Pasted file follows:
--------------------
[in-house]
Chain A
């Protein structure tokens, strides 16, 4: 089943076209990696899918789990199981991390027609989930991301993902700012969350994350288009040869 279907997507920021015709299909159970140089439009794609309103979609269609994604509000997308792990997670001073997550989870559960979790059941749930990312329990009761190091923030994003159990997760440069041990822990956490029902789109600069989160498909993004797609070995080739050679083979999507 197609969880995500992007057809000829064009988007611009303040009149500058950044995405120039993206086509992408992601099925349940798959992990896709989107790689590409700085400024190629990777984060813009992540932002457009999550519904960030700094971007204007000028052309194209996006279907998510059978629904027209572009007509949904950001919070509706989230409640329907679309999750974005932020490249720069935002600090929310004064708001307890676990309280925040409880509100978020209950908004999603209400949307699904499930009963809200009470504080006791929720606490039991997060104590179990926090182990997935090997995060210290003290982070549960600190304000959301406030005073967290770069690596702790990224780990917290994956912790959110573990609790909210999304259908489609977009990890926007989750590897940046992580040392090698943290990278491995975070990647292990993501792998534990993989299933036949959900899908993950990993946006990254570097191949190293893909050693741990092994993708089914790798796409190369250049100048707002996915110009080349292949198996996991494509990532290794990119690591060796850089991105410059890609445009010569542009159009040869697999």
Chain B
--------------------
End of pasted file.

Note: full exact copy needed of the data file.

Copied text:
[in-house]
Chain A
């Protein structure tokens, strides 16, 4: 089943076209990696899918789990199981991390027609989930991301993902700012969350994350288009040869 279907997507920021015709299909159970140089439009794609309103979609269609994604509000997308792990997670001073997550989870559960979790059941749930990312329990009761190091923030994003159990997760440069041990822990956490029902789109600069989160498909993004797609070995080739050679083979999507 197609969880995500992007057809000829064009988007611009303040009149500058950044995405120039993206086509992408992601099925349940798959992990896709989107790689590409700085400024190629990777984060813009992540932002457009999550519904960030700094971007204007000028052309194209996006279907998510059978629904027209572009007509949904950001919070509706989230409640329907679309999750974005932020490249720069935002600090929310004064708001307890676990309280925040409880509100978020209950908004999603209400949307699904499930009963809200009470504080006791929720606490039991997060104590179990926090182990997935090997995060210290003290982070549960600190304000959301406030005073967290770069690596702790990224780990917290994956912790959110573990609790909210999304259908489609977009990890926007989750590897940046992580040392090698943290990278491995975070990647292990993501792998534990993989299933036949959900899908993950990993946006990254570097191949190293893909050693741990092994993708089914790798796409190369250049100048707002996915110009080349292949198996996991494509990532290794990119690591060796850089991105410059890609445009010569542009159009040869697999």
Chain B